By Staff Writer Sophia Pezzini

Lizzy Rich is a third year theater major in the College of Fine Arts. As perhaps one of the busier students on campus, she described her average Tuesday schedule from start to finish – 9:45 a.m. to 10 or 11 p.m., in addition to a potential 18 hours of being “on call.”

Any time Tuesday through Friday from 6 p.m. -11 p.m., as well as Saturday from 10 p.m. -11 p.m., Rich can be on call.

Rich begins her Tuesdays at 9:45 with either a breakfast from Starbucks or a homemade meal and heads over to her dramatic literature class. The class entails learning about the history of plays and other dramatic pieces of literature, and is Rich’s only “traditional” class. The class is traditional in the sense that she is given homework, and the teacher lectures and she must actually sit at a desk.

“The way the School of Theatre works, we don’t have a normal college schedule, ” Rich said.

Rich said she takes nine classes, which are devalued to two or three credits so she is able to fit more into her schedule, and only one of these classes is at a desk. The other eight are “studio” classes where she practices and performs.

After her dramatic literature class, Rich has an hour and a half break, and then she heads to her three hour “autobiography” theater ensemble class, “which is essentially making theater as a group,” she said.

Her professor, Lydia Diamond, currently has a play coming out on Broadway being produced by Alicia Keys, Rich said. “It’s sick, and she knows more about me than my friends do.”

Following her theater ensemble class, Rich has an hour to travel over to the Huntington Theatre, which is on Northeastern University’s campus, to get to her tech class. This class is “essentially whatever they need done,” involving the technical side of theater, said Rich. The tech class lasts until 10 p.m.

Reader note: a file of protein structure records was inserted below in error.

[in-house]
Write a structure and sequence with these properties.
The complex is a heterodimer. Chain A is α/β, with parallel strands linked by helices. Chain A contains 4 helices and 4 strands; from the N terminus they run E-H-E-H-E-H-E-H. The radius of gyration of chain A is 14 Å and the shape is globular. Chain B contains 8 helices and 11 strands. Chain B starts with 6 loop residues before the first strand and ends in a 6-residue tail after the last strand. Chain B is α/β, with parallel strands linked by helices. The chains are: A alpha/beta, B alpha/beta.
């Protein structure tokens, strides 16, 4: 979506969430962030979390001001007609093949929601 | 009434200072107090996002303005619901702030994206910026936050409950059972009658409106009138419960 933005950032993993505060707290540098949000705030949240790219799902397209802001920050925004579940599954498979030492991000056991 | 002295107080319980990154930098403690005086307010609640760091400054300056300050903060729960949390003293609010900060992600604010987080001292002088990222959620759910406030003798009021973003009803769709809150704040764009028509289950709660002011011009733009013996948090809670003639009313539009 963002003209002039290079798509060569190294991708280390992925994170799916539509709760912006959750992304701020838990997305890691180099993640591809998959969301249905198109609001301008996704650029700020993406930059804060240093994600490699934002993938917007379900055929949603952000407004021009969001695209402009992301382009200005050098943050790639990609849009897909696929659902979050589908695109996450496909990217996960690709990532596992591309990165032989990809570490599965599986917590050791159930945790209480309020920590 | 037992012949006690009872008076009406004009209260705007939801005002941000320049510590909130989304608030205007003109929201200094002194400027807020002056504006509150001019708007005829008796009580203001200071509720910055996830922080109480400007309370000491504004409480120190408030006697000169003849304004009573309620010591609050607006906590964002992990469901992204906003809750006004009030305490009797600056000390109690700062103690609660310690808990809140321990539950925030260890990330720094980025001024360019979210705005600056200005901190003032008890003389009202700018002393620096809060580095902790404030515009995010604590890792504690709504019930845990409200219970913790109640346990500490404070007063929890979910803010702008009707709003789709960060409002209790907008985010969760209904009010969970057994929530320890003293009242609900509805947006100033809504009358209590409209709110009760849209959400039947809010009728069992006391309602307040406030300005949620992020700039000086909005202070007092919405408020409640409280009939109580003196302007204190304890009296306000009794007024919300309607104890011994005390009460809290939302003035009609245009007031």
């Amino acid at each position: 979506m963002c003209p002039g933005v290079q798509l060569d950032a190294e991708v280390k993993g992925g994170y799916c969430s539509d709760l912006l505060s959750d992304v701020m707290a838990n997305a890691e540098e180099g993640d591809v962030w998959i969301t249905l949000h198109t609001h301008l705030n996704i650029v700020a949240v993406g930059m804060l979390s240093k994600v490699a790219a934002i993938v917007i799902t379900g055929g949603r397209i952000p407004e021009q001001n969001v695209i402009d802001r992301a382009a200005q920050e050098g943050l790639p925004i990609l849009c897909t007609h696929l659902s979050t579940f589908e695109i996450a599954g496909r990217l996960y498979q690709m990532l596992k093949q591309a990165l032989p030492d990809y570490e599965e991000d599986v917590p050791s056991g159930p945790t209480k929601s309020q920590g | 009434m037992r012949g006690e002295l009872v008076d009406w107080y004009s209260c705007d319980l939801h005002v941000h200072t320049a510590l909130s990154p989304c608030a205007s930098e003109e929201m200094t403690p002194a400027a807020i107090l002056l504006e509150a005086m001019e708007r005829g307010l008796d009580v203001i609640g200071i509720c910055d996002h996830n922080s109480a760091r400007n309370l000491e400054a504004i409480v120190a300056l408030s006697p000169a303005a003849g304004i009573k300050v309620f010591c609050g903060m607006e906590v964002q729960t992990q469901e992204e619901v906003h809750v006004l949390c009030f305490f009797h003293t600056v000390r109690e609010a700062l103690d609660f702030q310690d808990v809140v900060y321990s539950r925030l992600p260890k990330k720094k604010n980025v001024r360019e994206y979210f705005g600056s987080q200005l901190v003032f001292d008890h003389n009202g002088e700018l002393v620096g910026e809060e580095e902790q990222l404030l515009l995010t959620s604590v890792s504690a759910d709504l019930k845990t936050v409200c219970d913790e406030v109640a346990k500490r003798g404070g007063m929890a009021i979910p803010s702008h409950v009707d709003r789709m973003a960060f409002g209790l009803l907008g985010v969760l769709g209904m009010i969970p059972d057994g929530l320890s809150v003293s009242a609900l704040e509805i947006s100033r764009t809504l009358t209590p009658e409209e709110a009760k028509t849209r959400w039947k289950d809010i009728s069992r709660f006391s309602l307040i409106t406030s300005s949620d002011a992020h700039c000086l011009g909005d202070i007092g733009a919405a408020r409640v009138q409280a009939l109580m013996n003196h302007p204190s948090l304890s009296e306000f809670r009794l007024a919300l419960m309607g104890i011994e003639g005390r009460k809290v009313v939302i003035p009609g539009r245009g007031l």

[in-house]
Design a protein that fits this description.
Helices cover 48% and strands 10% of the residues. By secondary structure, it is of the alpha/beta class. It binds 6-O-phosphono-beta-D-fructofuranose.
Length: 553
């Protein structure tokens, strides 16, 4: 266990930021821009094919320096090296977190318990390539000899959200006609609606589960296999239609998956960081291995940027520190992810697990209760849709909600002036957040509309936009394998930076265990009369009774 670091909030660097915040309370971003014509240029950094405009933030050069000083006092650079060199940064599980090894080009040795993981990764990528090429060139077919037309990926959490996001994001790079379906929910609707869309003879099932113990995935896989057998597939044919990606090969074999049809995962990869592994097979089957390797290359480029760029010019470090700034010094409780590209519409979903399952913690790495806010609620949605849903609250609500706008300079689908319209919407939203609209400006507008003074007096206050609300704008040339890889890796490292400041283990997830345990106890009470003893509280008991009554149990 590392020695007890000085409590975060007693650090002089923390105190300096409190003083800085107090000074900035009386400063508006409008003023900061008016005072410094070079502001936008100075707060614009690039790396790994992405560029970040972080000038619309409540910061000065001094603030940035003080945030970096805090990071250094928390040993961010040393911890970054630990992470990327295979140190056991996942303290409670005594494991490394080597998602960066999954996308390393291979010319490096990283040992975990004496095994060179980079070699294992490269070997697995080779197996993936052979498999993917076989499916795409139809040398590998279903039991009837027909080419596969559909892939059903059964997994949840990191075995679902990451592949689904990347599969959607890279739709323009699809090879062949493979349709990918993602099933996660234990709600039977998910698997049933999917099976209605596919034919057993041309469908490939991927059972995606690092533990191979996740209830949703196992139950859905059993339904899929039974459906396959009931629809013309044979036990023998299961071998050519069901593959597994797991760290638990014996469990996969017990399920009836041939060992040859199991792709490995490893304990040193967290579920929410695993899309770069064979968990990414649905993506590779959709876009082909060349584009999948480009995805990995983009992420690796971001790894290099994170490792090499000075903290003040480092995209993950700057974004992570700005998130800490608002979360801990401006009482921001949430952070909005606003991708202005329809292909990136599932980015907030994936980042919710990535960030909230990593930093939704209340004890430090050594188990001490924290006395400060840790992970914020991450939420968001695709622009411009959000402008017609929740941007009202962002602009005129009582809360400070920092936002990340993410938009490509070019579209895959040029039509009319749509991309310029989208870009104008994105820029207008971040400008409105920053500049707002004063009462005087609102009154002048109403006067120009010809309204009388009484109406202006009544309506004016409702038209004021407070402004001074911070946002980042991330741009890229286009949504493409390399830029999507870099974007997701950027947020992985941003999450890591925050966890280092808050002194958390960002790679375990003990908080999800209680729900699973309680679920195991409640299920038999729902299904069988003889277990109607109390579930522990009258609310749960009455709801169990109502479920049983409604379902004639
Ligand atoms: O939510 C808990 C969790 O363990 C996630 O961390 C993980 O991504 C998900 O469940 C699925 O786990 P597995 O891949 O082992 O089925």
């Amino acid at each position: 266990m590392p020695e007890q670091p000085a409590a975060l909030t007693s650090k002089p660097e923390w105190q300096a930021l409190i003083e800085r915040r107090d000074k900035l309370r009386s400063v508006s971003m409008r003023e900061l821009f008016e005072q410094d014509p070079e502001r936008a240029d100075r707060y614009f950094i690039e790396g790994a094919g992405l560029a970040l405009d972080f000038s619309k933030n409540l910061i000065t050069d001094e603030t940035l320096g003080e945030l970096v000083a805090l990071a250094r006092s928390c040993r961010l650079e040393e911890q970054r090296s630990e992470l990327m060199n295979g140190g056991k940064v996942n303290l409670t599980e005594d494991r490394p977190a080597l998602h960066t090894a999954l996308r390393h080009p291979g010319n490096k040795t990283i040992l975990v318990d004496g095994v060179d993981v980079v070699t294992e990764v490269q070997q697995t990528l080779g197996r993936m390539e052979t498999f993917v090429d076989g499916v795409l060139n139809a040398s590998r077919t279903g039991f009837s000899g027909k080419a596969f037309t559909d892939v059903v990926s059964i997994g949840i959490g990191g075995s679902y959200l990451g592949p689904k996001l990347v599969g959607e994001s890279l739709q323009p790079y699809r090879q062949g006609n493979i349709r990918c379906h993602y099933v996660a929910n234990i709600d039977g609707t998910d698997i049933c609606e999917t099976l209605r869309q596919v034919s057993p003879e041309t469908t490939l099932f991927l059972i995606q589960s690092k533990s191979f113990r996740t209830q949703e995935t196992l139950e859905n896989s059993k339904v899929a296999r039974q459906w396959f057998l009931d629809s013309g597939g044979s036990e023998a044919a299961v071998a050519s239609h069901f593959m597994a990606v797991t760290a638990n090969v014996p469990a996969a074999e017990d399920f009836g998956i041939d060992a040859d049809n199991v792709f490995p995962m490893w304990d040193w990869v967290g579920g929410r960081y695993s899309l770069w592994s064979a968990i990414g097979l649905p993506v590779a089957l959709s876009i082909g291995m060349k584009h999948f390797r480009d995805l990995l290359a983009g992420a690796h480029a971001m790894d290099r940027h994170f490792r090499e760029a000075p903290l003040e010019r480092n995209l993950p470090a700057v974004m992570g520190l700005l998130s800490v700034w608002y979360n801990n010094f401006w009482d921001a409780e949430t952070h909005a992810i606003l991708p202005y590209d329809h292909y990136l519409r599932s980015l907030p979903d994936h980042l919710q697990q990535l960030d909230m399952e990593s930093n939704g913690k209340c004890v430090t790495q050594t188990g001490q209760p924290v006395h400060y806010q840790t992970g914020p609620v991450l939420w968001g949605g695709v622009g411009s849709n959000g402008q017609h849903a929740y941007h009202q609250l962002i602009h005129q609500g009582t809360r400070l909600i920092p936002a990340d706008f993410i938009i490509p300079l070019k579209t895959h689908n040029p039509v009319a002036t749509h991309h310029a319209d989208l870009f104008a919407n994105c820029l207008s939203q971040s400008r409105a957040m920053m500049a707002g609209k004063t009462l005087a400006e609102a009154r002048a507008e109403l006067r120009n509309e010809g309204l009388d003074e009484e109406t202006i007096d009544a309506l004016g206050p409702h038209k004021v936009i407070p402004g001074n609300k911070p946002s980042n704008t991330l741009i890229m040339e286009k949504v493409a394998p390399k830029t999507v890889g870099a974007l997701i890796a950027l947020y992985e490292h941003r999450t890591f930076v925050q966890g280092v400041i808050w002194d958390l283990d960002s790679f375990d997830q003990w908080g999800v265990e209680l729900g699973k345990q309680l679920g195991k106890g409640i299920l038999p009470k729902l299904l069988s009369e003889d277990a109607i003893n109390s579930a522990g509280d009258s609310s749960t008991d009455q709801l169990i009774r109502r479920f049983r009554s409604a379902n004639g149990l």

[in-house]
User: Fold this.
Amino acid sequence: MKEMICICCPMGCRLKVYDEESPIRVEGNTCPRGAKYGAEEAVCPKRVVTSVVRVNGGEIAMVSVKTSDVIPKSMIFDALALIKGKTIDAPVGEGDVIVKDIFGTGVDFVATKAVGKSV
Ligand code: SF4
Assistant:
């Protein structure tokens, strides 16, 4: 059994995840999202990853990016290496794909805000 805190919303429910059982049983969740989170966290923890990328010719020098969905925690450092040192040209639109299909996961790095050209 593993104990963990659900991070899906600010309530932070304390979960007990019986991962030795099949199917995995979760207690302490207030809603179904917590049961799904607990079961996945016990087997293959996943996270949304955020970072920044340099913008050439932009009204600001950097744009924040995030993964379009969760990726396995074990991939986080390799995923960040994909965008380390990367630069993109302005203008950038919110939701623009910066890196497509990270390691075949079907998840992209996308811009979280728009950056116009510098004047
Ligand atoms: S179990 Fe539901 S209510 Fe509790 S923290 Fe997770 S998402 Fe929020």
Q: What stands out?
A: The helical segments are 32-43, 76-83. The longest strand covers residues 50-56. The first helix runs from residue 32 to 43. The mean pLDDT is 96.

As busy as her schedule is already, “any time on Tuesday from 6 to 10 or 11, and then Saturday from 9 a.m. to 11 p.m. [the professors] can call us and tell us we have to come in,” Rich said.

Outside of classes, Rich said she sometimes helps out in the Women’s Resource Center and has worked on the popular feminist play, “The Vagina Monologues.” She also said she gives tours to student groups of the BU campus.

Being in the School of Theatre, she is not allowed to do any productions outside of CFA without written permission. Like being in medical school, “that [theater] is your whole life and they expect you to know that,” Rich said.

“First and foremost, I want to be an actor,” Rich said about her impending graduation.

The School of Theatre is “not an acting school, but a theater school,” which means that the students are preparing themselves for a career on the stage rather than in film, she said. Rich is also considering a career in arts administration as her backup plan to being an actor.

Theater’s grading system is unique at BU, Rich said, and she finds to be the most difficult part of being a CFA student.

“My work that gets graded is me. It’s not a product I put out, it’s literally me,” she said. “You’re opening up your soul and exposing things about yourself…and you come back from class and your roommate’s like, ‘I’m writing a paper,’ and you say, ‘I just got ripped apart in class and it wasn’t my work, it was me.’”

Despite the grueling schedule and the intense system of grading, Rich said she loves being a CFA student because she gets to go to school each day and “play pretend.”

“I get to lie on the floor and color with crayons, and I get to…revert to being a child every day.”